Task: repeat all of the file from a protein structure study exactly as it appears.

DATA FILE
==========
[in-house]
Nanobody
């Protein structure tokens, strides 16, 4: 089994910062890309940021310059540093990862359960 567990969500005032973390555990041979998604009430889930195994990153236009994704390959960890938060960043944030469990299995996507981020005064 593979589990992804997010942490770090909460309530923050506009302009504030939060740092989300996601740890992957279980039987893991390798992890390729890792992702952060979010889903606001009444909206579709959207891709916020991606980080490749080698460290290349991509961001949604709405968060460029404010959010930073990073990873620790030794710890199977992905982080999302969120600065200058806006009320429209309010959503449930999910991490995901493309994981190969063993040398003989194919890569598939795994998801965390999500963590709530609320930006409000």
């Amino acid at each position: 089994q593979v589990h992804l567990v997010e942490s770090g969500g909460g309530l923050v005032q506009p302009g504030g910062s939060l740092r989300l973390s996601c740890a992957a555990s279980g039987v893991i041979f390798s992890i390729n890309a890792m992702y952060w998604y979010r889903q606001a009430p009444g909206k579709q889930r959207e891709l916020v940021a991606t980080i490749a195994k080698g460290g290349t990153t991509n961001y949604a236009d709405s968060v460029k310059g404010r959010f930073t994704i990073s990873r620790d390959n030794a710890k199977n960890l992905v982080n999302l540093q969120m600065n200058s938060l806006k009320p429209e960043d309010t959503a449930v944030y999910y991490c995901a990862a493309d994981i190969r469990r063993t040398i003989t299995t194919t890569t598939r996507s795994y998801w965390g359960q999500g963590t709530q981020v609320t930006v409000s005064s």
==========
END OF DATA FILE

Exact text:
[in-house]
Nanobody
């Protein structure tokens, strides 16, 4: 089994910062890309940021310059540093990862359960 567990969500005032973390555990041979998604009430889930195994990153236009994704390959960890938060960043944030469990299995996507981020005064 593979589990992804997010942490770090909460309530923050506009302009504030939060740092989300996601740890992957279980039987893991390798992890390729890792992702952060979010889903606001009444909206579709959207891709916020991606980080490749080698460290290349991509961001949604709405968060460029404010959010930073990073990873620790030794710890199977992905982080999302969120600065200058806006009320429209309010959503449930999910991490995901493309994981190969063993040398003989194919890569598939795994998801965390999500963590709530609320930006409000």
């Amino acid at each position: 089994q593979v589990h992804l567990v997010e942490s770090g969500g909460g309530l923050v005032q506009p302009g504030g910062s939060l740092r989300l973390s996601c740890a992957a555990s279980g039987v893991i041979f390798s992890i390729n890309a890792m992702y952060w998604y979010r889903q606001a009430p009444g909206k579709q889930r959207e891709l916020v940021a991606t980080i490749a195994k080698g460290g290349t990153t991509n961001y949604a236009d709405s968060v460029k310059g404010r959010f930073t994704i990073s990873r620790d390959n030794a710890k199977n960890l992905v982080n999302l540093q969120m600065n200058s938060l806006k009320p429209e960043d309010t959503a449930v944030y999910y991490c995901a990862a493309d994981i190969r469990r063993t040398i003989t299995t194919t890569t598939r996507s795994y998801w965390g359960q999500g963590t709530q981020v609320t930006v409000s005064s």